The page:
3. Delegate. There is no award given to the “sucker” who does everything for everyone at the expense of their own career or personal relationships. (This includes the relationship we have with ourselves) For example, when we learn to delegate household chores or assignments at work we are holding others capable. Most people, when held capable, rise to the occasion.  Try it, you’ll like it!

4. STOP over extending yourself. We don’t need to simultaneously be the classroom parent, HOA board member, fundraising chair and the social director at our church. In most cases, it is our quest for significance that causes us to over extend. Remember, the more activities we are engaged in the less time we have for ourselves. Over time this will cause many of us to become “angry givers”. I always encourage my clients to volunteer for things that they are passionate about but to set a limit of no more than two at any one time. This helps us keep our lives in perspective.

To quote Tony Robbins, “the secret to living is giving”. Our goal is to become happy, self centered, givers!
As always, I look forward to your thoughts and feedback!

5 Questions To Ask Yourself Before You Engage In Gossip… John Page Burton

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The truth be known, every now and then most of us enjoy a juicy piece of gossip. These morsels of misery let us know that we are not the only one facing life’s challenges. Misery enjoys company and boy oh boy do those poor Kardashian’s have it rough! Unfortunately, some of us are addicted to gossip. For example, on cool summer evenings my wife and I like to sit outside on our porch, turn on our fire table and enjoy a glass of wine. Sadly, we have a neighbor who loves to gossip. Whenever my wife and I see her walking her dog down the street we instinctively head inside. Sometimes she is able to “sneak up on us” and our conversation with her ALWAYS goes something like this….How are you tonight Babs (fake name)? “Oh heavens I just can’t believe what’s going on with our HOA board and did you hear about so and so and rumor has it that such and such is going on down the street”! She will ramble on and on and then seem quite put out when we come up with some “lame excuse” why we must head back inside. In the three years that we have been exposed to her, she has never once asked my wife or I a single question about our lives or interests but she readily “spews” details about the majority of our neighbors. Some of it is actually quite nasty! Surely, she must have some “dirt” on us that she readily shares with others as she makes her nightly rounds. “You know those Burton’s are (fill in the blank)”. The gleam in her eyes is a dead giveaway to the personal fulfillment that being the “purveyor of secrets” seemingly affords her.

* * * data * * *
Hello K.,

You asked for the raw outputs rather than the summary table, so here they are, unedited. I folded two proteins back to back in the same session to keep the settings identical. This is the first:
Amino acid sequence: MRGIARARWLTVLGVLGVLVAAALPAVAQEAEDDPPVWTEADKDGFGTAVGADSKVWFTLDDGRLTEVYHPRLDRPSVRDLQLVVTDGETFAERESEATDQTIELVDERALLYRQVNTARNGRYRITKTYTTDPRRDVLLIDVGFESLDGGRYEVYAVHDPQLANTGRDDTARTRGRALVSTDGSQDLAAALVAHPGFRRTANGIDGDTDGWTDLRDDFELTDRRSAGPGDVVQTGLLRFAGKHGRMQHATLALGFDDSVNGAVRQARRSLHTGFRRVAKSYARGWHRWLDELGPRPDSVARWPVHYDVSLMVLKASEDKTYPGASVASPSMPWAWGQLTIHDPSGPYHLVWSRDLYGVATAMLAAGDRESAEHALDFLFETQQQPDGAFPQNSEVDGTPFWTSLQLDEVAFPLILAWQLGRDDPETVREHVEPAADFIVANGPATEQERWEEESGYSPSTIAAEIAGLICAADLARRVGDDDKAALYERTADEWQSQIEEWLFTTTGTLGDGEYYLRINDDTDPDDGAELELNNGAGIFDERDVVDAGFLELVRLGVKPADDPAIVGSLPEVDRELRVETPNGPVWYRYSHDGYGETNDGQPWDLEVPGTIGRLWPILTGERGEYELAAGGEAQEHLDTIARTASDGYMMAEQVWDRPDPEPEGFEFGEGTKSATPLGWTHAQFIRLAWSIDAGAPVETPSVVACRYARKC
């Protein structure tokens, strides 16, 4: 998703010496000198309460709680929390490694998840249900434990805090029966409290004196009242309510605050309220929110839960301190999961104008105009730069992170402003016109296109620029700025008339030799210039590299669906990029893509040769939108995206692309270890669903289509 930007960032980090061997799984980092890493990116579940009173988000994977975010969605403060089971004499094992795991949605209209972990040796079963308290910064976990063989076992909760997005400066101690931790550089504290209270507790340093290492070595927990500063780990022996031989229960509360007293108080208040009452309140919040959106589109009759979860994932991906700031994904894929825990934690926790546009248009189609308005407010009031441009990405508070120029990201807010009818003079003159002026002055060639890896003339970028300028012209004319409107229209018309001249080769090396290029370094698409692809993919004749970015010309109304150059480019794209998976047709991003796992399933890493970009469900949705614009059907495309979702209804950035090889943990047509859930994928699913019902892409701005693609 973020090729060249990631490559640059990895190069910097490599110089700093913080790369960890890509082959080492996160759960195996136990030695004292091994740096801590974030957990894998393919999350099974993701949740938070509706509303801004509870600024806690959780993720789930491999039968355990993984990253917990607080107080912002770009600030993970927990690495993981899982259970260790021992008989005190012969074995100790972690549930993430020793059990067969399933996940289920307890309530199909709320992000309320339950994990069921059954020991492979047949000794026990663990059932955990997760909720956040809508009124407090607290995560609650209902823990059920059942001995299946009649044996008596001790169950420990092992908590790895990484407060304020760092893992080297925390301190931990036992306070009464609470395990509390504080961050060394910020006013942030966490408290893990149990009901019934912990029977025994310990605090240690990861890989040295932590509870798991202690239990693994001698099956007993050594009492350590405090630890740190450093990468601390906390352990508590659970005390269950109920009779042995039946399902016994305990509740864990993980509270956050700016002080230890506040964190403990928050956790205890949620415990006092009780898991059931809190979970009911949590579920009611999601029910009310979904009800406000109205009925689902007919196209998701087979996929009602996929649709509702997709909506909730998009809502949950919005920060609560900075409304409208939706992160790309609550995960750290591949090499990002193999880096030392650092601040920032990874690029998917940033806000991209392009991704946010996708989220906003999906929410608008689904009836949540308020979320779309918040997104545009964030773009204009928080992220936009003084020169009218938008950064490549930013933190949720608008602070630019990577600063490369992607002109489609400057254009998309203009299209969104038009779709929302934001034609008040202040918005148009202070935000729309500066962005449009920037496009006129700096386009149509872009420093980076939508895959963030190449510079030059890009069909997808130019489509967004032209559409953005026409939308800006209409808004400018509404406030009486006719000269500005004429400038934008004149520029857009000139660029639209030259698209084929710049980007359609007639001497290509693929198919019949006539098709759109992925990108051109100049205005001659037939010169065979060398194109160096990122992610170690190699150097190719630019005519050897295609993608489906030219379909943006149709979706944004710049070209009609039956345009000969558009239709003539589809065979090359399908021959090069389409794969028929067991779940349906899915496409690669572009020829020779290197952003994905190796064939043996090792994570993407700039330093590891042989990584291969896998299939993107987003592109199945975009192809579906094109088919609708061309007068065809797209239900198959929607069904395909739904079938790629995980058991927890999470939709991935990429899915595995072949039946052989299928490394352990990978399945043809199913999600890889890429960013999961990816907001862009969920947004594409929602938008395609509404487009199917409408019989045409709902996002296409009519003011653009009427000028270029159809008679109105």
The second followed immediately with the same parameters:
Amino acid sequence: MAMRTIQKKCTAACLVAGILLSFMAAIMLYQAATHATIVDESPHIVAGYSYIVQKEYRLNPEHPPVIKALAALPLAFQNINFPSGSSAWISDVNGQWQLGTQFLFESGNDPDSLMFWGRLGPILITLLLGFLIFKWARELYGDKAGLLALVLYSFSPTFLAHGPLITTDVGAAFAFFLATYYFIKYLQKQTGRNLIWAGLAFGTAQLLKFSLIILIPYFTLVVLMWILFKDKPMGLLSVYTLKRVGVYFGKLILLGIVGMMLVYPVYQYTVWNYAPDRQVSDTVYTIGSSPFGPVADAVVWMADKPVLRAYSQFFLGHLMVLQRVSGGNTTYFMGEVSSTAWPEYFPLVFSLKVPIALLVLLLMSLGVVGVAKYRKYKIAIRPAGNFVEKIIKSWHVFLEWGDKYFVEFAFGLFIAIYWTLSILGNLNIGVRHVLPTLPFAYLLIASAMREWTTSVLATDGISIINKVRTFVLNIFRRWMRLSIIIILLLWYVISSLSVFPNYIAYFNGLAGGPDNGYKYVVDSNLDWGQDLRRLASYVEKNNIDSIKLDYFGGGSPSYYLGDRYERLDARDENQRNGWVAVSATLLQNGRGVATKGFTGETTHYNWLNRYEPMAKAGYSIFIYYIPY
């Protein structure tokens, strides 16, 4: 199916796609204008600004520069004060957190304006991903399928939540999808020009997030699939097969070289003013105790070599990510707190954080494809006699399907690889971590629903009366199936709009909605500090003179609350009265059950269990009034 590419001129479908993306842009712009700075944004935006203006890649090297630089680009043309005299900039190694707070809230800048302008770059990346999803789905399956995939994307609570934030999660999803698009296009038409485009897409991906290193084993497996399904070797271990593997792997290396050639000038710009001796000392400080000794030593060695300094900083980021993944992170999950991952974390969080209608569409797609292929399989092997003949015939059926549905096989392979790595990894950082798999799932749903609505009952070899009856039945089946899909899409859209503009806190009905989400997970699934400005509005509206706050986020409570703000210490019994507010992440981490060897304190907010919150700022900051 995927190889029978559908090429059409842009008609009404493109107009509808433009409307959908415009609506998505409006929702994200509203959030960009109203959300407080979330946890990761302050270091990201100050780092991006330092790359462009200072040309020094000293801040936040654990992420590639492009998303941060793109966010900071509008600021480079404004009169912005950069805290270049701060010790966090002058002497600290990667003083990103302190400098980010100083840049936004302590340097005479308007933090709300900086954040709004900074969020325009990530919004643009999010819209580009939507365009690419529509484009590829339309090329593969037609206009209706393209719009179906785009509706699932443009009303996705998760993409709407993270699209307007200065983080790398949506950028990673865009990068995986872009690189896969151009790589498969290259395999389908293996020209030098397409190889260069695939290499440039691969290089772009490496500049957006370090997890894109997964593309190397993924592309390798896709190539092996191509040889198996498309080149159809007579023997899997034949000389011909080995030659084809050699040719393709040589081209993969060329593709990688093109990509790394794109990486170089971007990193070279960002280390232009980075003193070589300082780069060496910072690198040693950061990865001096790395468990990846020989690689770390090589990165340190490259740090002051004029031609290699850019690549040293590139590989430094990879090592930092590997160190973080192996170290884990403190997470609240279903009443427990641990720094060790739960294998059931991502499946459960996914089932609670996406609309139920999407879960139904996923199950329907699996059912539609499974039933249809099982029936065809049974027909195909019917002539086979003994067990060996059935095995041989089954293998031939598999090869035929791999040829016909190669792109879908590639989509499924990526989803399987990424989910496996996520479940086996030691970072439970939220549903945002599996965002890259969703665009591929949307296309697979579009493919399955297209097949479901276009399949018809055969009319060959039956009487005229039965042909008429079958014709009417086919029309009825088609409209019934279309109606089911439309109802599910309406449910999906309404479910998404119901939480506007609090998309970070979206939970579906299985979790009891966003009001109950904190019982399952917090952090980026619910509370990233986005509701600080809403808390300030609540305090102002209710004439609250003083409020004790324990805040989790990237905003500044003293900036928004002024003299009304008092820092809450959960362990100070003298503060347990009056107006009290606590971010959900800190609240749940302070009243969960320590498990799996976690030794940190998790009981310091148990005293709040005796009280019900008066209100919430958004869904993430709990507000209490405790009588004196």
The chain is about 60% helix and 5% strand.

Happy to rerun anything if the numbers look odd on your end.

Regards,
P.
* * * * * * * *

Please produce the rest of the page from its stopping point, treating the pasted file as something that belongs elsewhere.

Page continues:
Recently, after a one sided conversation with my neighbor, I began contemplating why some people are just naturally attracted to gossip while others (like myself) are absolutely repelled by it? What motivates someone to become a “serial gossiper”? Lets take a look at some of the possible reasons.

GOSSIP…

Generational. For many, gossip is a learned behavior. Many of us heard our parents, relatives and friends gossip and so in order to fit in we may have actively joined the conversation. Anything we engage in long enough becomes a habit.

Opiate. Similar to most drugs, gossip tends to give us a false sense of contentment. The gossiper gets a “rush” from sharing “secrets” and when their audience nods their heads in approval or offers up an acknowledgement like “REALLY, I didn’t know that”, the gossiper is off and running in an unfiltered continuation of whatever half truths they are sharing.

Significance. Gossipers are fueled by an insatiable need to feel important and be viewed as people “in the know”. When they perceive to have an audience they tend to become even more audacious and their filter is turned all the way to the OFF position.

Societal. Gossip is a societal obsession. The tabloids (National Enquirer) sensationalize and outright lie about everything under the sun yet people clear the news stands with millions of sales each week. Tabloid television (Entertainment Tonight) and reality shows (Housewives of Mozambique) enjoy extremely high ratings because millions of people prefer being anywhere other than in their own reality. Sadly, millions of people rely on gossip as their sole source of information.

Ignorance. Gossip is a by product of ignorance. True intellectuals talk about ideas and solutions, small minds talk about people and problems. I have always been able to get an accurate read on someone by carefully listening to what they talk about!

Power. Gossipers derive a false sense of “power” from  “sharing details about someone else”. There is no genuine “power” in “spewing” personal information and falsity about others. The gossiper is viewed by non gossipers as vicious and untrustworthy. They carry ZERO credibility!

5 QUESTIONS TO ASK YOURSELF BEFORE YOU ENGAGE IN GOSSIP….

1. Would I still share this gossip if the person in question was standing next to me?

2. Is what I’m saying about the other person designed to build them up or discredit them?

3. What void in my life am I trying to fill by routinely gossiping about others?

4. How do I feel when I find out that someone has shared an untruth behind MY back? (Gossipers usually employ a double standard)

5. Who would I become If I made the conscious decision to let go of my need to share gossip?

Nothing positive comes from gossip. Reputations can be ruined, employment opportunities may be tarnished and personal relationships can be damaged or destroyed. Before you engage in any type of gossip I encourage you to ask yourself these 5 questions. I believe that it will help you to make a better, more empowered decision.

As always, I look forward to your thoughts.